During times of market volatility, it is nice to have good dividend stocks in your portfolio that you can rely on for consistent distributions throughout the year. That way, even if the stock price is down on some of your investments, that dividend payout can be used to reinvest in the stock or provide income to pay off bills, save, or invest elsewhere.

Not all publicly traded companies pay dividends, but generally speaking, the larger, well-established ones do. And not all of them pay out great (or consistent) dividends, as economic or market conditions can affect their ability to do so.

But there are also some companies out there that you may not be that familiar with that do pay ridiculously great dividends (and pay them with some consistency). Here are three relatively unknown dividend stocks to consider.

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1. BlackRock: huge quarterly payout

BlackRock (NYSE:BLK) is not exactly an unknown company. It is the largest asset management firm in the country with $7.3 trillion in assets under management as of June 30. But what you may not know is just how good a dividend the company pays to shareholders. For the third quarter, the company declared a $3.63 quarterly dividend per share. Extrapolate that out over four quarters and you see BlackRock is paying shareholders $14.52 per share in dividends. Someone owning just 50 shares of BlackRock would get back $726 each year to use as he or she pleases. That payout rate puts it among the very highest dividend payouts on the market.

When looking at dividends, it's always critical to examine other metrics to make sure that the payout is sustainable. One is the dividend history and a consistently growing dividend. BlackRock has increased its dividend every year since 2003, and over the past five years it has bumped up its payout by 66%.

Another metric to look at is the dividend yield. In BlackRock's case, it's 2.47%. That means the annual per-share dividend is equal to 2.47% of the company's current share price, which is an above-average payout for large companies. Further, the dividend payout ratio -- the percentage of a company's annual earnings that goes toward the dividend -- is a healthy 20.8%. When the ratio starts to climb above 70%, concerns can arise about whether the company is directing too much of its earnings toward dividends at the expense of other things. Aside from its dividend, BlackRock is coming off a good second quarter as revenue was up 4% year over year and earnings per share was up 22%. Year-to-date, BlackRock's stock price is up 17.7%, outperforming the S&P 500 and the financial sector. With its dividend and earnings power, this stock is a good buy all around.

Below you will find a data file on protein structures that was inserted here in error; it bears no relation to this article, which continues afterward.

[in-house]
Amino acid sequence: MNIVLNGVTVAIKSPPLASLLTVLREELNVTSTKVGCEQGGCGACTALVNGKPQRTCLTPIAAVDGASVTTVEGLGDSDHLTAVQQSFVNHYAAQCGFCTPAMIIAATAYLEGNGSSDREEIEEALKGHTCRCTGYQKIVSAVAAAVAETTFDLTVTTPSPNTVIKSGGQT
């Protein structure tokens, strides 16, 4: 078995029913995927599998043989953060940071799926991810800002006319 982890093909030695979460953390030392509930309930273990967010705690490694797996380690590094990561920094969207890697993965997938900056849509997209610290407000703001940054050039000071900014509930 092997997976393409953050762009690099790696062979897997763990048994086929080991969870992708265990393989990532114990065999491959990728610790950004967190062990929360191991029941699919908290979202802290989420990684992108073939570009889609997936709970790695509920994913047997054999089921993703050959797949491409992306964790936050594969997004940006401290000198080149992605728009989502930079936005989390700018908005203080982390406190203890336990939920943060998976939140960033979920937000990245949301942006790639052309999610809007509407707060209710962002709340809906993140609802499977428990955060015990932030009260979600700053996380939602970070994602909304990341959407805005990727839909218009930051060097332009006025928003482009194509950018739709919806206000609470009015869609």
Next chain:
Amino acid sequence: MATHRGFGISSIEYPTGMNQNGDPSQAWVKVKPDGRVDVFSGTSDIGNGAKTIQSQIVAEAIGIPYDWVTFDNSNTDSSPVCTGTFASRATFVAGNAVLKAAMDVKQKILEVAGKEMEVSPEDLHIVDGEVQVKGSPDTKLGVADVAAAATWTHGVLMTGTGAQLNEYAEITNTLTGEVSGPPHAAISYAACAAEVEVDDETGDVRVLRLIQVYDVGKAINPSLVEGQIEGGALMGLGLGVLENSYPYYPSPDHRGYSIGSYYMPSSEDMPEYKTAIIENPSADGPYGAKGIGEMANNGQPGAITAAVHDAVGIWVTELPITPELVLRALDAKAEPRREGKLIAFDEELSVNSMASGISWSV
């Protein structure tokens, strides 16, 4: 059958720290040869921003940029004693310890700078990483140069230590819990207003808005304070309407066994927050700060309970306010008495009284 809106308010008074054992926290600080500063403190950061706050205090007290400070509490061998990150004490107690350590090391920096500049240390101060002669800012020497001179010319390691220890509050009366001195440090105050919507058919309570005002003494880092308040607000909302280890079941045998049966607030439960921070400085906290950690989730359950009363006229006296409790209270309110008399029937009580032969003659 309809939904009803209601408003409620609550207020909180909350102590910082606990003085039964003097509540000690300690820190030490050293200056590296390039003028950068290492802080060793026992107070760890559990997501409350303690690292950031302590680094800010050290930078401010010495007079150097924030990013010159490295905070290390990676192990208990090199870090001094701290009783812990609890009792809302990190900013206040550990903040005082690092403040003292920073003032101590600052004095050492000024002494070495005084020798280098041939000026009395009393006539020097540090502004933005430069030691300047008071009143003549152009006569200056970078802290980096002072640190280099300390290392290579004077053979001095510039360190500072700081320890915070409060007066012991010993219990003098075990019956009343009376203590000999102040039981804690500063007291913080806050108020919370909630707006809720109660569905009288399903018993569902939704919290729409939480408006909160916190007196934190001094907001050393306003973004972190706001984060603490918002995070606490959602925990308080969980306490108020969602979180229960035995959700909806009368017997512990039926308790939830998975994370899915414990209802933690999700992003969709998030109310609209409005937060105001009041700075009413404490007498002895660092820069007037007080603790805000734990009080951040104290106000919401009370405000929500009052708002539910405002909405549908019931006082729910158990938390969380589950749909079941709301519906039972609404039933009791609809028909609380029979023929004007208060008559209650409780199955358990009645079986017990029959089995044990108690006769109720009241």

2. PNC Financial: high yield ahead

PNC Financial (NYSE:PNC) is a large regional bank (seventh-largest in the U.S.) with $458 billion in assets. Like most financial institutions, the bank has been hurt by the coronavirus-induced recession, but it maintains a solid capital position, buoyed by the sale of its 22.4% stake in the aforementioned BlackRock in the second quarter. This gave PNC $14.2 billion in additional liquidity. The company has also worked to control expenses, reducing them by 4% in the second quarter compared to the second quarter of 2019. It has a common equity tier 1 ratio of 11.3%, which is up from 9.4% in the first quarter and far exceeds the regulatory minimum of 7%. This is all a way of saying that PNC, despite the recession, has plenty of liquidity to maintain its high dividend payout.

Speaking of dividends, in the third quarter PNC approved a $1.15 per share dividend, which is among the highest on the sector. For the year, that calculates to $4.60 per share. The bank has been very consistent, increased its dividend for nine straight years leading up to 2020, and over the past five years has raised its dividend by 125%. It has not yet had an increase in 2020, but the fact that it has maintained its high dividend through a recession is impressive. In terms of other metrics, the bank has a dividend yield of about 4%, which is excellent, and a low payout ratio of just 6.79%, which means it has plenty of earnings available to help maintain its payout.

3. Cincinnati Financial: dividend royalty

Cincinnati Financial (NASDAQ:CINF) is largely unknown to many investors, but when it comes to its dividend, it stands out. The property and casualty insurance company, founded in 1950, has raised its dividend every year for the past 37 straight years. That qualifies it as a "Dividend Aristocrat," which refers to stocks that have had more than 25 consecutive years of dividend hikes. By the S&P Dow Jones Indices' count, there were only 66 Dividend Aristocrats trading on the market in July (it could be fewer now thanks to the coronavirus). 

The company recently approved a $0.60 quarterly dividend for the third quarter, which comes out to $2.40 per year per share. It has a dividend yield of 3% and a payout ratio of around 23%. Over the past five years, the dividend has increased by 30%. The payout is not as high as the others, but if you are looking for consistency, it's hard to do any better than Cincinnati Financial.